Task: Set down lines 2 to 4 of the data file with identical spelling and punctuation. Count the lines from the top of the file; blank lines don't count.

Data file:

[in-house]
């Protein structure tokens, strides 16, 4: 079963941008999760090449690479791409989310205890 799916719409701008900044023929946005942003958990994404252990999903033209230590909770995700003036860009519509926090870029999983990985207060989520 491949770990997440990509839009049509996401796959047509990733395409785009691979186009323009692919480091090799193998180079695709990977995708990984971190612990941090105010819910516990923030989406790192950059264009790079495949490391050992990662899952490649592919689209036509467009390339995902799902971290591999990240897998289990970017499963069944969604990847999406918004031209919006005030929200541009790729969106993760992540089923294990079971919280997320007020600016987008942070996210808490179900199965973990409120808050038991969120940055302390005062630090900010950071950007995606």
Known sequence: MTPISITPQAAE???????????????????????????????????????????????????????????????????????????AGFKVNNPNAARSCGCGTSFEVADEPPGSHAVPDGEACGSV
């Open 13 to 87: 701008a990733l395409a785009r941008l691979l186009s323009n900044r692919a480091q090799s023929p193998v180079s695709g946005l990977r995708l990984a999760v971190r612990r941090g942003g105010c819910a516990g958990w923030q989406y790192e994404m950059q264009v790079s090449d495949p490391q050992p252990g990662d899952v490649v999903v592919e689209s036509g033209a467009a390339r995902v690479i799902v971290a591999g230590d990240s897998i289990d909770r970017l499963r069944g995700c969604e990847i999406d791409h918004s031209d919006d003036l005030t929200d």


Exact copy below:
């Protein structure tokens, strides 16, 4: 079963941008999760090449690479791409989310205890 799916719409701008900044023929946005942003958990994404252990999903033209230590909770995700003036860009519509926090870029999983990985207060989520 491949770990997440990509839009049509996401796959047509990733395409785009691979186009323009692919480091090799193998180079695709990977995708990984971190612990941090105010819910516990923030989406790192950059264009790079495949490391050992990662899952490649592919689209036509467009390339995902799902971290591999990240897998289990970017499963069944969604990847999406918004031209919006005030929200541009790729969106993760992540089923294990079971919280997320007020600016987008942070996210808490179900199965973990409120808050038991969120940055302390005062630090900010950071950007995606």
Known sequence: MTPISITPQAAE???????????????????????????????????????????????????????????????????????????AGFKVNNPNAARSCGCGTSFEVADEPPGSHAVPDGEACGSV
């Open 13 to 87: 701008a990733l395409a785009r941008l691979l186009s323009n900044r692919a480091q090799s023929p193998v180079s695709g946005l990977r995708l990984a999760v971190r612990r941090g942003g105010c819910a516990g958990w923030q989406y790192e994404m950059q264009v790079s090449d495949p490391q050992p252990g990662d899952v490649v999903v592919e689209s036509g033209a467009a390339r995902v690479i799902v971290a591999g230590d990240s897998i289990d909770r970017l499963r069944g995700c969604e990847i999406d791409h918004s031209d919006d003036l005030t929200d």